"Working with letters and identity cards all relating to one-person means you are building their story and helping them to be remembered."
‘If we fail to collect with foresight and inclusivity, elements of our society will feel alienated and slighted.’ Gurian. E. H, Civilizing the Museum, Routledge (USA and Canada), 2006
I am working on the Ephemera Project, which involves sorting and cataloguing hundreds of miscellaneous boxes into its relevant categories. The box I had contained an old rulebook and lots of ‘amendment to rule book’ sheets. The constant variety and assessment of items means that the range of areas the Ephemera Project covers will lead me to find some very interesting objects with equally interesting histories.
I am making a personal file for a Mr. A.V. Turner who had worked as an engine cleaner from 1929 until his retirement as a station foreman in 1975. It was a very similar process to accessioning the other ephemera, but more intriguing as working with letters and identity cards all relating to one-person means you are building their story and helping them to be remembered.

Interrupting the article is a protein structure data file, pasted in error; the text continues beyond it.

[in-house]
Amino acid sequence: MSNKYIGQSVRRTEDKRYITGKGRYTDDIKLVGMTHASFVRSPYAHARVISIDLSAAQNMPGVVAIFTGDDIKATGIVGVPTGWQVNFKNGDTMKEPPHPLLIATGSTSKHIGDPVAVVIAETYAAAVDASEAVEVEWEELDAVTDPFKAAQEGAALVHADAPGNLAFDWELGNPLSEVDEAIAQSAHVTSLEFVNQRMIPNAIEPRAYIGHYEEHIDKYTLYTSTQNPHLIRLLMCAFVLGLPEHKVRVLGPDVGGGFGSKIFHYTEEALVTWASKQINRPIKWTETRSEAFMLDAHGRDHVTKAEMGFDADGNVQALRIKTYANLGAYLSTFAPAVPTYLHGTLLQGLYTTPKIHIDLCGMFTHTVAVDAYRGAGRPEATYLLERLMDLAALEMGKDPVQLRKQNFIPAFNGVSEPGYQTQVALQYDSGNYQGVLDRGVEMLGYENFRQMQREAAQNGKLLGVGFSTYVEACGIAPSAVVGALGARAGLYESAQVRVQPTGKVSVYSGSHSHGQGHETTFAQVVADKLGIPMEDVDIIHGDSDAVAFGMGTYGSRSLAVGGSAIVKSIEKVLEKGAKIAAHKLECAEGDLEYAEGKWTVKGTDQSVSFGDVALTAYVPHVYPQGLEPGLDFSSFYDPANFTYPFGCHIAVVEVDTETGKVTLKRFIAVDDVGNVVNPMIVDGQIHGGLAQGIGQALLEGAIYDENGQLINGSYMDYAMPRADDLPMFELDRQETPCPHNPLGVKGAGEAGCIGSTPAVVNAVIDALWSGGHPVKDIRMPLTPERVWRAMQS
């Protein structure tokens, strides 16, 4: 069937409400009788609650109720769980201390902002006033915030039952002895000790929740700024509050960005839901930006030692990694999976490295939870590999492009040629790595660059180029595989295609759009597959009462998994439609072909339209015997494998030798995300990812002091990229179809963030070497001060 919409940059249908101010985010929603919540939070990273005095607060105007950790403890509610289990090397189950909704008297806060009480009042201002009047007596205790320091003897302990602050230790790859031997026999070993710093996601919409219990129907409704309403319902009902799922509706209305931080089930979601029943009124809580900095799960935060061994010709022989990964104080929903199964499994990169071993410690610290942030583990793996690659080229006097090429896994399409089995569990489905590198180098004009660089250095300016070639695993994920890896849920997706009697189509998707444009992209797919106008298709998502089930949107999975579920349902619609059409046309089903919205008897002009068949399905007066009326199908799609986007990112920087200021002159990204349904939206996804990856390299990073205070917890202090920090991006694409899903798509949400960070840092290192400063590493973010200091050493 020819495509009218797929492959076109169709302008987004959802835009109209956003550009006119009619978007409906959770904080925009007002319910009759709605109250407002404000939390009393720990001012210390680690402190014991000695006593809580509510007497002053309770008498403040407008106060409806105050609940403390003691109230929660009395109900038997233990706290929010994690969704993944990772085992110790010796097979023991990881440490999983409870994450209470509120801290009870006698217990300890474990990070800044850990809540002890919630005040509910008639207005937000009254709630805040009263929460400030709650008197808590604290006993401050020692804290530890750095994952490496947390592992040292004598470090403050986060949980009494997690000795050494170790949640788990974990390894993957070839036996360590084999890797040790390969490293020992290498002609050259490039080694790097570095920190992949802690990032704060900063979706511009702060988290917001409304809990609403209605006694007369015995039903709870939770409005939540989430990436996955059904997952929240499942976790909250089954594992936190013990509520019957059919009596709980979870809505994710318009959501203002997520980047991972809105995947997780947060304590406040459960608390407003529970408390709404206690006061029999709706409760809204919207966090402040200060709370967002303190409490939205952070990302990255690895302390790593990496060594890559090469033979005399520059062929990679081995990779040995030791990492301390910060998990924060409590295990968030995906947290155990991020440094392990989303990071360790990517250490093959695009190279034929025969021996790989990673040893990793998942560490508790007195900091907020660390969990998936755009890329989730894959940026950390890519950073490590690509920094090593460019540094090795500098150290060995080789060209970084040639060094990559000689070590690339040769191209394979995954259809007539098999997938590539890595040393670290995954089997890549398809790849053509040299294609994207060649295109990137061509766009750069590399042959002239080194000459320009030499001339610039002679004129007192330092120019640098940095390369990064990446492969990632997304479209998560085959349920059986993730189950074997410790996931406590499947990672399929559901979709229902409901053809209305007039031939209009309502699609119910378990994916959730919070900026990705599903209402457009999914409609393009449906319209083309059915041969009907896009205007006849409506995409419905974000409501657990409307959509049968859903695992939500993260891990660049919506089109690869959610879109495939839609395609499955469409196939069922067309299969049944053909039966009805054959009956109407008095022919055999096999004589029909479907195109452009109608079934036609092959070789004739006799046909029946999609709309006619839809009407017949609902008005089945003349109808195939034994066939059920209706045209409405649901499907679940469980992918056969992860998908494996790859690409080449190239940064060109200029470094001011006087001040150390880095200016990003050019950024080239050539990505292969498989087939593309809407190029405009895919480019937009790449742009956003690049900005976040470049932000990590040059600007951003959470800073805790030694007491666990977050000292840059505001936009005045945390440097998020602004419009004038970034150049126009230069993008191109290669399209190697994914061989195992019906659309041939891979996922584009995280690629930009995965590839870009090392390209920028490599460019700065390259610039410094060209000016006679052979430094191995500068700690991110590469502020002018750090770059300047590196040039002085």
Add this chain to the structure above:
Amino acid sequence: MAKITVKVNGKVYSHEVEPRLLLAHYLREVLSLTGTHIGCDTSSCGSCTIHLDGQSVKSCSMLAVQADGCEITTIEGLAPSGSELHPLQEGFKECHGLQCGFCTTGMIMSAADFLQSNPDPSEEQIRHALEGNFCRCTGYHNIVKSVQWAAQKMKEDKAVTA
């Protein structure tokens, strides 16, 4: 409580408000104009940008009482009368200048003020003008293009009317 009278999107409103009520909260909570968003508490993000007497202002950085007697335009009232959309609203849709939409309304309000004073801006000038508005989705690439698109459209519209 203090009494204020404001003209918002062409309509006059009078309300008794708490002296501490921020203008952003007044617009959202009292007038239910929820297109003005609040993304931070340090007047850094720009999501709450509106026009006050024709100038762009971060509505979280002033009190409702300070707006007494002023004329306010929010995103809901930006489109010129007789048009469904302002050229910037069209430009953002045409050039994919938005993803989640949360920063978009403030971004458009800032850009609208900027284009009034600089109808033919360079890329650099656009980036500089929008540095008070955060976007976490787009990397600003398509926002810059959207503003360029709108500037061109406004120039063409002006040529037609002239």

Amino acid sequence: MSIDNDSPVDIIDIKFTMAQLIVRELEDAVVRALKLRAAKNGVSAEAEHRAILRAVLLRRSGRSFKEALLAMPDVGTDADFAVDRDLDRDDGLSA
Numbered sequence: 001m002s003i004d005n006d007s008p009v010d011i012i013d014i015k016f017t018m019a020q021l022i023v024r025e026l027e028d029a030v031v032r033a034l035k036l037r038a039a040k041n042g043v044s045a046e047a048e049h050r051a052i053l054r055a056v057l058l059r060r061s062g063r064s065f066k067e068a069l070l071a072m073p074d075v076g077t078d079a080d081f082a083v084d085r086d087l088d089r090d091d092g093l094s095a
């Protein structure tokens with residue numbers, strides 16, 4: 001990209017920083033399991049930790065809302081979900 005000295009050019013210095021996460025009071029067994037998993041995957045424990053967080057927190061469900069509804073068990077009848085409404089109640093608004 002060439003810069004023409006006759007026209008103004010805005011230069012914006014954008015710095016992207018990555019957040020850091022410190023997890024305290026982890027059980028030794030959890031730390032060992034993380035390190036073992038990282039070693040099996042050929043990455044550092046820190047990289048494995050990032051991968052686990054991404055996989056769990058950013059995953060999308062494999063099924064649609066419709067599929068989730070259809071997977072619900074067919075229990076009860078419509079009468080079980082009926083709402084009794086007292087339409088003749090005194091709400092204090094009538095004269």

I am finding that every item I accession has a meaning and relevance to London transport and therefore to the wider reaches of the historical background of London and what makes it what it is today. Unless you look at it at a very close level I think it would be hard for people to understand how the odd bus ticket relates to the wider reaches of London transport history. Therefore I want to show this through the more relatable topic of the people that worked there.